I spend over $3,000 a year on streaming, internet, and cable and I don't know how to quit you

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Binging Stranger Things on Netflix, Jack Ryan on Amazon Prime Video, Secret Invasion on Disney Plus, and The Last of Us on Max is a luxury. It's a favorite pastime that, while it once seemed like a small discretionary cost, is now becoming a serious drain on my finances, especially as virtually every single service raises its prices.

In my house, there is an ongoing conversation about these costs and those attached to them like the Internet that provides those streams and the Cable TV that is increasingly sidelined but at least, if not more, expensive than all the streaming services put together.

Oddly, the conversations all go the same way and usually start right after we've paid our monthly bills. 

"This is all too much."

I look at my wife and nod in agreement.

"We need to look at what all this is costing us and cut something out."

I make a serious face and nod again in agreement.

That's usually the end of it. We vigorously agree that we're spending too much on online entertainment and then lack the will to tackle it.

Doing the math

Still, the latest service fee hike news sparked fresh concern and set me doing a little spreadsheet to try and understand exactly how much we are spending each month and in a year and what, if anything, we should do about it.

Coming up with a number isn't as easy as you think, especially since multiple video streaming services are actually part of larger and ostensibly more affordable bundles.

Apple TV Plus, for instance, is wrapped up in the Apple One Premium plan that includes 2TB of iCloud storage for my family, along with News, Fitness+, Arcade, and TV Plus. If I'm being honest with myself, the only mission-critical item in there is the storage space.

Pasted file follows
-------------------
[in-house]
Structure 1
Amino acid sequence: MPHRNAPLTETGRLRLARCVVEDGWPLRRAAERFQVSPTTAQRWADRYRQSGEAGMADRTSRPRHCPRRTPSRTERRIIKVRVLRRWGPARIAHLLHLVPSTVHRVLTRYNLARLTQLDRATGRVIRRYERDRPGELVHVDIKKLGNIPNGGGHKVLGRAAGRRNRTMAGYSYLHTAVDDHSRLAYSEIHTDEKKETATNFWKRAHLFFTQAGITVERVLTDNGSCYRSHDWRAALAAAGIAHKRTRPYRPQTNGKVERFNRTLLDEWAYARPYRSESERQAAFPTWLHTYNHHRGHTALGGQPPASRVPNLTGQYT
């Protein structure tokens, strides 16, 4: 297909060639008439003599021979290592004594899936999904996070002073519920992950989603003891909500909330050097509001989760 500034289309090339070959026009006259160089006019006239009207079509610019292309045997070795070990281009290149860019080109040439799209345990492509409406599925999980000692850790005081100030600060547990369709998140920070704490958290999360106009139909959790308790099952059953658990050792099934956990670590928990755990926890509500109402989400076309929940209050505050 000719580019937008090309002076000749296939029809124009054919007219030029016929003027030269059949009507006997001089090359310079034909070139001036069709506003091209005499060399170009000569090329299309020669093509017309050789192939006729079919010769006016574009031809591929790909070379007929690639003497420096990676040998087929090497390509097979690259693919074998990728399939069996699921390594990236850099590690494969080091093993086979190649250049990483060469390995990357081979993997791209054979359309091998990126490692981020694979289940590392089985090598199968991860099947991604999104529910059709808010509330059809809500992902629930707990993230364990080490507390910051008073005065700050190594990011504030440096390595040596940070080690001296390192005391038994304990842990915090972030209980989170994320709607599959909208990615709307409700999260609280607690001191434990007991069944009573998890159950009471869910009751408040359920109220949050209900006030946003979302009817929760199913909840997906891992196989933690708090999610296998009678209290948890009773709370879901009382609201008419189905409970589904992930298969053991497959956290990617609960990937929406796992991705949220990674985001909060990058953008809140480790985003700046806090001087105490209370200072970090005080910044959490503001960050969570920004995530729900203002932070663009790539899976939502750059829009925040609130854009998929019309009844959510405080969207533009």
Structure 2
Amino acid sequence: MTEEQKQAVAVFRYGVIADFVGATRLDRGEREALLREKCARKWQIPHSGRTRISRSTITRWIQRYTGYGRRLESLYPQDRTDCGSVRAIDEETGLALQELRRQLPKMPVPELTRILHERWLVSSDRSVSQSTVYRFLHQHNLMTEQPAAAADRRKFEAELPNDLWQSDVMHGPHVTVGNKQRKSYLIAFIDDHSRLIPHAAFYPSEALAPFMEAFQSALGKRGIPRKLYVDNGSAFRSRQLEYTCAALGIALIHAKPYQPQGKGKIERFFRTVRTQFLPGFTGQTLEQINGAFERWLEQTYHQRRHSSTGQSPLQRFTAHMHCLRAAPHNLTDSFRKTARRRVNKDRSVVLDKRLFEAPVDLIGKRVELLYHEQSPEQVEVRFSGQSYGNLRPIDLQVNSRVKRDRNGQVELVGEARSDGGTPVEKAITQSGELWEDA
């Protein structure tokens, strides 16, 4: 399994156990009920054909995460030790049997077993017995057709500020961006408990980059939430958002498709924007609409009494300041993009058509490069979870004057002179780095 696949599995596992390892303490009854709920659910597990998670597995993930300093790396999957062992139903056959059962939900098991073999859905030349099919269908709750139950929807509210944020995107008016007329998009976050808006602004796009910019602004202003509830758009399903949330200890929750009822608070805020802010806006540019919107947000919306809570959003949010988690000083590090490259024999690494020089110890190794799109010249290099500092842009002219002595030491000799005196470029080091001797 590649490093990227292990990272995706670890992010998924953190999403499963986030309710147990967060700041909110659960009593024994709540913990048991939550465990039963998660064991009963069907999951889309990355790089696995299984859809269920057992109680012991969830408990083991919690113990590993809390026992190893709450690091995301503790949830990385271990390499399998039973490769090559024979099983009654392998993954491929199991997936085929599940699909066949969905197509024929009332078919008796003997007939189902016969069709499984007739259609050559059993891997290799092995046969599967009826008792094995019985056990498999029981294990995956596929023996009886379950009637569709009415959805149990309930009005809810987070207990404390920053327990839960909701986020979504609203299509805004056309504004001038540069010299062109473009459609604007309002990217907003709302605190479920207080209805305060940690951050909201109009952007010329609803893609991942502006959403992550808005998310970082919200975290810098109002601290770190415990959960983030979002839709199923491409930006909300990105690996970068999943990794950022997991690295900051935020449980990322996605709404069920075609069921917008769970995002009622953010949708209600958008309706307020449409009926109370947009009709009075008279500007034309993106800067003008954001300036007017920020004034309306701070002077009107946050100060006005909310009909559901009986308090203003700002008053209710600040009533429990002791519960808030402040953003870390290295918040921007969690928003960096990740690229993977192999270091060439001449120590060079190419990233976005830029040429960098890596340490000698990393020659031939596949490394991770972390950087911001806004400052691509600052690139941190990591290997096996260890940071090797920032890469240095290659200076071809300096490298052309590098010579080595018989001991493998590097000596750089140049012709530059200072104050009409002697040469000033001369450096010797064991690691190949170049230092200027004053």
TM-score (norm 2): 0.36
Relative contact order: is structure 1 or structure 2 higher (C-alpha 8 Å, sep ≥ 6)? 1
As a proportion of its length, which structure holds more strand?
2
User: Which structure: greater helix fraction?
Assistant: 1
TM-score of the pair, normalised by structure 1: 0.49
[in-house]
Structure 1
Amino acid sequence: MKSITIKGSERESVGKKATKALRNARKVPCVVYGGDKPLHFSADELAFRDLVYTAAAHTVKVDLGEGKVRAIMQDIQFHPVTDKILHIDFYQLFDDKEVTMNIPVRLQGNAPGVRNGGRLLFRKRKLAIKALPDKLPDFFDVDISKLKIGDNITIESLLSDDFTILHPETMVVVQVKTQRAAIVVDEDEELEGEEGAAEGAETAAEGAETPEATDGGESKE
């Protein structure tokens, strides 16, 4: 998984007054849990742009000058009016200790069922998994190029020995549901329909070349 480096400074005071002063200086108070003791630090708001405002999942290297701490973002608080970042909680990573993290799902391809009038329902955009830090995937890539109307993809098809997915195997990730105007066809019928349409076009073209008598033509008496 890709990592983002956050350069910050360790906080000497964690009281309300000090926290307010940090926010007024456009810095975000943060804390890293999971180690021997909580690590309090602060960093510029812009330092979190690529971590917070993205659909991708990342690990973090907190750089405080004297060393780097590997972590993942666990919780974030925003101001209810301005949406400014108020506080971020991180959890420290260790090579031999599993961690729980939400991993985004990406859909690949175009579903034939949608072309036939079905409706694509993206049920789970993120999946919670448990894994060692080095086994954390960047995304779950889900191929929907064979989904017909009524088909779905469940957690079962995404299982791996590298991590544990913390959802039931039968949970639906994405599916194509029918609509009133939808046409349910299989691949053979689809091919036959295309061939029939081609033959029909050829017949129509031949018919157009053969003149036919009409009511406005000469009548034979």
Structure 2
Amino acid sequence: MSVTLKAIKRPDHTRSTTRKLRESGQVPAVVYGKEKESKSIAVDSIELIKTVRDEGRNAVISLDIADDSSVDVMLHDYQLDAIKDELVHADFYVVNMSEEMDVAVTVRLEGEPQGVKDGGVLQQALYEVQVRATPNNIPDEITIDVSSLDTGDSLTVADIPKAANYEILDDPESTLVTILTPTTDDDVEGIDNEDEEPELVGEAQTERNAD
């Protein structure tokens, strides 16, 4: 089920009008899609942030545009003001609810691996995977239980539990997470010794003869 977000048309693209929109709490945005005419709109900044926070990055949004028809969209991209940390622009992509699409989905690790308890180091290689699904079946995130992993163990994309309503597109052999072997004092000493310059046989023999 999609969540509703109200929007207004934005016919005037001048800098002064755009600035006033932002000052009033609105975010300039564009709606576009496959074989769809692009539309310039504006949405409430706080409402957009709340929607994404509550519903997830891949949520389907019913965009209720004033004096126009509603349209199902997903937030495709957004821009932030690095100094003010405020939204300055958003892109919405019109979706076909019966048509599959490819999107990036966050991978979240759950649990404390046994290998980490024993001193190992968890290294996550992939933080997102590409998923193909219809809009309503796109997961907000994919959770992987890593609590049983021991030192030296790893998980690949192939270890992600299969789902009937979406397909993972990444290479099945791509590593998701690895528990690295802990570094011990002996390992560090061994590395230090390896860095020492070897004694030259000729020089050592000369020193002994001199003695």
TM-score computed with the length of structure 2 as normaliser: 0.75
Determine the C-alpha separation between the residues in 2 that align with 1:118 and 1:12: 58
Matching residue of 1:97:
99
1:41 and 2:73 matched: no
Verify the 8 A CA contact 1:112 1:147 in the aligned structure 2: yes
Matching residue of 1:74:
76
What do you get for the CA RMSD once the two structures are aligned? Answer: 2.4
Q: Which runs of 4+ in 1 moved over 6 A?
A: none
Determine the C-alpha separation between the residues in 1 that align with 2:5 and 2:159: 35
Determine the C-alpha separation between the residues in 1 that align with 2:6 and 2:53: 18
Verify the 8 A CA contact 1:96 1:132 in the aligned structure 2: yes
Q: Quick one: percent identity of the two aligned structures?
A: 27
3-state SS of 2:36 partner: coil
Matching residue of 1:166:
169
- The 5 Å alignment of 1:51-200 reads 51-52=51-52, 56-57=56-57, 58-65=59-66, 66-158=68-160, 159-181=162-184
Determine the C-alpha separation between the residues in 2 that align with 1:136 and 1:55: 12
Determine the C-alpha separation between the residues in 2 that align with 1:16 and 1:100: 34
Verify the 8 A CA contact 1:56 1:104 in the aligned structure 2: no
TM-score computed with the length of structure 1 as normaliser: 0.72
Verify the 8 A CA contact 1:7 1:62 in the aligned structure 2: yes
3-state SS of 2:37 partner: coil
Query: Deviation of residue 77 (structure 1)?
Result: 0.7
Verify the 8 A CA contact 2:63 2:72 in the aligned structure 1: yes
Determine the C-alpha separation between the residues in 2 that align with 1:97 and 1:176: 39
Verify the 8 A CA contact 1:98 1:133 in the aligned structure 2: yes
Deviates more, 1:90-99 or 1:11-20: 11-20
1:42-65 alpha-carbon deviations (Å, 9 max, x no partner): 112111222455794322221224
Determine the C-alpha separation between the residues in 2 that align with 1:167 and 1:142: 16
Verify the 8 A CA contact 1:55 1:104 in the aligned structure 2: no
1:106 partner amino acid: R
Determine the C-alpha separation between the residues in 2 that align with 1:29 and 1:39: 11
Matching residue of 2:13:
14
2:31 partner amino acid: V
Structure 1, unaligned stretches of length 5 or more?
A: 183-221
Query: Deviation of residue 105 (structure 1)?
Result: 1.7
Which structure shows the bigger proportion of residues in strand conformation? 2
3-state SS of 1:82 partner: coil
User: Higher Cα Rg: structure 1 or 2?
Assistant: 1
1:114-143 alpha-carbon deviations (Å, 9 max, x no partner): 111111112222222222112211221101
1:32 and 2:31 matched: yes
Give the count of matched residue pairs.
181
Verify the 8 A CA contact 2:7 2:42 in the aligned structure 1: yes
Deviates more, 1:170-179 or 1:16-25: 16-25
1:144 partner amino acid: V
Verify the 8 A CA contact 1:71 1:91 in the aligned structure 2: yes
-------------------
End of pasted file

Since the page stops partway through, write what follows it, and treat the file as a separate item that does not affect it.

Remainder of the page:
Similarly, Amazon Prime Video is part of Amazon Prime. In that case, I do like and probably need the discounts and 2-day shipping (along with other services) that come along with Prime Video.

For the purposes of my spreadsheet, I looked at what Apple and Amazon charge for standalone video services. Prime would be $14.99 a month and Apple TV Plus would be $6.99 a month.

Here's my list of streaming and traditional content sources along with supported technologies:

  • Disney Plus: $13.99
  • Peacock: $4.99
  • Max: $19.99
  • Netflix: $19.99
  • Prime Video: $14.99
  • Apple TV Plus: $6.99
  • Internet: $49
  • TV/Cable: $130

I get Hulu, too, but we're currently sharing a relative's account. However, when that price goes up and Disney and Hulu start cracking down on password sharing, we might have to add that to our list, too. For now, though, I've left Hulu off the list.

When I add all this up it's almost $260 a month and that adds up to roughly $3,120 a year.

I know, that's a lot less than what you might pay for rent or your mortgage and even comes in lower than the yearly nut for a new car, but it's not insignificant. I'm also leaving off the monthly fees the cable company charges me for the benefit of having high-speed fiber, cable boxes, and Wi-Fi extenders. With inflation still rising, spending all this cash on mostly entertainment (and, okay, connectivity I use for work at least two days a week) seems ridiculous.